Founded in 1902, Shiseido Parlour is a pioneer of Japanese-style 'Western' cuisine (yoshoku), i.e. omu-rice, croquettes and the like. At the restaurant, one menu item sure to raise eyebrows is a course featuring curry rice topped off with lobster and abalone, which includes the chef flambéing them at your table. Of course, it's quite the luxury option and will set you back around ¥10,000 (plus a service charge).
Meanwhile, the third-floor café specialises in sweet treats like old-school ice cream soda (popular for well over a century now, we hear) and fruit parfaits, including a strawberry version (¥1,730) that contains enough milk and ice cream to make a lactose-intolerant person break a cold sweat at first sight.
Before setting up shop in Awajicho, the founder of Shoeitei, a certifiably retro restaurant that's been serving up yoshoku (traditional Japanese-style 'Western' food) for more than a century now, worked as the personal chef for Raphael von Koeber, lecturer in philosophy at Tokyo Imperial University and teacher of novelist Natsume Soseki.
According to some sources, the eatery's signature dish, yofu kakiage ('Western-style' tempura made with mixed vegetables), was actually first created at the request of Soseki, author of classics like 'Kokoro' and 'I Am a Cat'. Other popular meal choices include hamburg steaks, cabbage rolls and croquettes (korokke).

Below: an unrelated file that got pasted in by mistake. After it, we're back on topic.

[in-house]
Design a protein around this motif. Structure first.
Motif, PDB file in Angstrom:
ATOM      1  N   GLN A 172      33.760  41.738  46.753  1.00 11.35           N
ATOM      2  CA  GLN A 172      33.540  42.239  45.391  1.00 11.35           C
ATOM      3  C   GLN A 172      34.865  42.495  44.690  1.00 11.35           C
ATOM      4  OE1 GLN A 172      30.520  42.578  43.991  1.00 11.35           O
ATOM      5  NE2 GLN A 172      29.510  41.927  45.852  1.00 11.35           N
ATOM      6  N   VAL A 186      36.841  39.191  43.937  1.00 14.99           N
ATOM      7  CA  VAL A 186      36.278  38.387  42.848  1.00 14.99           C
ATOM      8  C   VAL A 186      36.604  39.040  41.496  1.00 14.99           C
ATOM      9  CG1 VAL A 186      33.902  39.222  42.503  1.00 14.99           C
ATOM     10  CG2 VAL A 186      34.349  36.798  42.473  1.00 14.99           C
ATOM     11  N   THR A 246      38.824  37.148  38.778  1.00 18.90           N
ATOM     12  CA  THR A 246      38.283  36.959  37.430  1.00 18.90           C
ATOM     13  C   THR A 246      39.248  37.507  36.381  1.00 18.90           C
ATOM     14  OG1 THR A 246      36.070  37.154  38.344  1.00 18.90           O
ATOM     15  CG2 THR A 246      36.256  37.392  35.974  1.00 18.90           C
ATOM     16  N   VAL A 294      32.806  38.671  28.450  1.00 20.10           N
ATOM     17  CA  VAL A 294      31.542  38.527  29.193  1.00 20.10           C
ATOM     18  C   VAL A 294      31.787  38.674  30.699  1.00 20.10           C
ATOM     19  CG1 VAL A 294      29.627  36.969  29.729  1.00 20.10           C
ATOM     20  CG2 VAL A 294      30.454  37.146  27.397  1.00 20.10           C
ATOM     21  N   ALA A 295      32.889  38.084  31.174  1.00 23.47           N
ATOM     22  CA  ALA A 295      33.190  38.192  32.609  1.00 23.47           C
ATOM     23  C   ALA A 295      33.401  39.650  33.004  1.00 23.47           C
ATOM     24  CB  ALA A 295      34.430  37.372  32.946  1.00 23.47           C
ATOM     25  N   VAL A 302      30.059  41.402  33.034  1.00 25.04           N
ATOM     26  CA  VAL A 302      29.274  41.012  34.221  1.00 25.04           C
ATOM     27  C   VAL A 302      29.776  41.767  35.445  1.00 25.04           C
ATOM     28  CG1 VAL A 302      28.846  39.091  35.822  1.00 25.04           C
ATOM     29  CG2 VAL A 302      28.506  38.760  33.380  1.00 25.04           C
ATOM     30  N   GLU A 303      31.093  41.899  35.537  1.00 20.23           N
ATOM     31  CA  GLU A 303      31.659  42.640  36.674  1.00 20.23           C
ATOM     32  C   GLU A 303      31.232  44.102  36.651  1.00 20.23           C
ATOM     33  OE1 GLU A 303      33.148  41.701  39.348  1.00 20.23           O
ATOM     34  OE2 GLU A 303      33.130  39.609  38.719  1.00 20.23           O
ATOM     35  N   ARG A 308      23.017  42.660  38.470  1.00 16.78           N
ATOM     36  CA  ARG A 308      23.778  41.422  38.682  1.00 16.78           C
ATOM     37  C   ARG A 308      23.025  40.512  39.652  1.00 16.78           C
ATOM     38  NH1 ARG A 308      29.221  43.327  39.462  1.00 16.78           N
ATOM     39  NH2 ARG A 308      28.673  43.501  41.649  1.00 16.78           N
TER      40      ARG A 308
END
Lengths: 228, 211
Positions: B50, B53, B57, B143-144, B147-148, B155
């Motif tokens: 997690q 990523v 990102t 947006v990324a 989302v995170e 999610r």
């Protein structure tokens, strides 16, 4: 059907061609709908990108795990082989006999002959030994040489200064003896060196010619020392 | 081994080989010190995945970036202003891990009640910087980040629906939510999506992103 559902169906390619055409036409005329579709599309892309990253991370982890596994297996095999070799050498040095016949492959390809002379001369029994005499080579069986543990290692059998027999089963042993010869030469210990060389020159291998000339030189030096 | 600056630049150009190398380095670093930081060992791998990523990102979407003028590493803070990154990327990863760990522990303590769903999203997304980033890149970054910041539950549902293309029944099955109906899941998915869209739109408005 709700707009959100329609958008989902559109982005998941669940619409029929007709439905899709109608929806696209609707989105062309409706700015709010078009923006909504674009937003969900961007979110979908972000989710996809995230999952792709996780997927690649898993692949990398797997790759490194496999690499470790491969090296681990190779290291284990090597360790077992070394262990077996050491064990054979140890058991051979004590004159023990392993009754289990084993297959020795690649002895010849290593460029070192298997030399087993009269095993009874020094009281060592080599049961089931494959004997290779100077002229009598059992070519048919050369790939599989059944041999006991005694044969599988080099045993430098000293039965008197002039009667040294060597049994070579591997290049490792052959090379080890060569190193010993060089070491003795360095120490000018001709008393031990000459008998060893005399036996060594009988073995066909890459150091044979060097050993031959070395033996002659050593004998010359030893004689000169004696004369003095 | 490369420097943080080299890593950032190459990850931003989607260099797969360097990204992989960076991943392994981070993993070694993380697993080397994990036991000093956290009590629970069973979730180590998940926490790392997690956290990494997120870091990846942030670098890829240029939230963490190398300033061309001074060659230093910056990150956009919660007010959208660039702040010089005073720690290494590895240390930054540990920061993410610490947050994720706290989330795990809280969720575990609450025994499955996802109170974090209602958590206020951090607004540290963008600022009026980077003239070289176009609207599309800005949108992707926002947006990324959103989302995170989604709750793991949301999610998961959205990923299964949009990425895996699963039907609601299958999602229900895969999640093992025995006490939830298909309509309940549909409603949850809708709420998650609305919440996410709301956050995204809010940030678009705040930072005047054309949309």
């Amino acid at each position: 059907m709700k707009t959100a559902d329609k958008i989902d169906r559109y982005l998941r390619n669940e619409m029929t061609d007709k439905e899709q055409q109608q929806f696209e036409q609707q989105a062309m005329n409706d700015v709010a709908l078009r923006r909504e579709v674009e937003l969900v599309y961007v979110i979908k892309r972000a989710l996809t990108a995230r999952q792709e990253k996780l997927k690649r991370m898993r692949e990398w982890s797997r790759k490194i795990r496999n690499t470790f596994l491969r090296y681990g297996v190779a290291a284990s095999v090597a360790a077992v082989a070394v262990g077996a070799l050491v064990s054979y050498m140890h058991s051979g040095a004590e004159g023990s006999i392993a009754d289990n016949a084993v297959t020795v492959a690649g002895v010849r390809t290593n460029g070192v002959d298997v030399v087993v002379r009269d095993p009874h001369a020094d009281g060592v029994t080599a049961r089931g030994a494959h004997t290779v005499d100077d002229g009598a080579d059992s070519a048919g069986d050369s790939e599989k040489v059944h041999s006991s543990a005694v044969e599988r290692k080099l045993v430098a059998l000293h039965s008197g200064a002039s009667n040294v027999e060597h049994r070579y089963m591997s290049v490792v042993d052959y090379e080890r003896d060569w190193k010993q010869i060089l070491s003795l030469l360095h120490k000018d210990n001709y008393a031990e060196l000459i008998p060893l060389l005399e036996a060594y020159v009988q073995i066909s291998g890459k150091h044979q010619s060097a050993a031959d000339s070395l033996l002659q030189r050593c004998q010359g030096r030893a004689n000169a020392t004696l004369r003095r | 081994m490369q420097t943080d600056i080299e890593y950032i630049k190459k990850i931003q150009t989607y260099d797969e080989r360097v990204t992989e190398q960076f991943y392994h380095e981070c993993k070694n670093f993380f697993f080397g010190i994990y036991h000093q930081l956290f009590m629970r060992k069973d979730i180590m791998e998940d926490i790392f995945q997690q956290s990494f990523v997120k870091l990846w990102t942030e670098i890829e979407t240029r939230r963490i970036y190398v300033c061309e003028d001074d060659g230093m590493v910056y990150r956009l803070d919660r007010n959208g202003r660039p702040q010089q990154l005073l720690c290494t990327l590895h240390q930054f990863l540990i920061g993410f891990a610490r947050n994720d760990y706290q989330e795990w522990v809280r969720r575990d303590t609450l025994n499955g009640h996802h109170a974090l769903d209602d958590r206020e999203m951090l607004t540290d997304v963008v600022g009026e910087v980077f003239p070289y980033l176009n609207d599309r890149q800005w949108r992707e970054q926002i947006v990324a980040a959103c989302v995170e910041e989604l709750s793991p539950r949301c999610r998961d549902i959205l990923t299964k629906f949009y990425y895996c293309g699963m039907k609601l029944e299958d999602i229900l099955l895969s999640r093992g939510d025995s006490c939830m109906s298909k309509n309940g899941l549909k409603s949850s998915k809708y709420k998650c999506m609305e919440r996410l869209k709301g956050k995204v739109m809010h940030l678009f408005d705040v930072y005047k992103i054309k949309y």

Comfort food in a funky wooden shack, within easy walking distance of Asakusa’s tourist sights. It can get incredibly sweaty in summer, but when you’re sitting round the okonomiyaki pan, the intimate atmosphere is wonderfully authentic.
Rengatei sits quietly on gas-lit Ginza-dori, and has served traditional fare since 1895. At lunchtime, the place is packed with customers spilling out on to the street. This restaurant is believed to be one of the first in Japan to serve a Western-style menu; rice was first served on a plate here in the early Meiji era, when people preferred rice to bread. Popular dishes include pork cutlets, omurice, fried oysters, fried lobster and hashed beef with rice.
Always a popular lunch spot for salarymen in the Ginza-Yurakucho area, this old-school Chinese restaurant is actually far more spacious than it looks from the outside. Enter through the narrow door, take a seat in the back and choose from a long list of authentic Cantonese dishes, including their signature fried rice served in soup. Available only in summer, the cold noodles seasoned with sesame dressing are another highlight.
One of the oldest continuously operating restaurants in Ningyocho, Houmitei has been in business since 1933. Often mistaken for a traditional soba eatery, its speciality is actually a seriously retro version of yoshoku, the Japanese form of 'Western' cuisine that originated in the Meiji era.
If you only go here once, make sure to try the tongue stew, a flavourful concoction consisting of soft beef tongue cooked in demi-glace sauce until perfectly tender. The Yoshoku Bento box (pictured above), a sort of tasting selection of the restaurant's most popular dishes, is another highlight.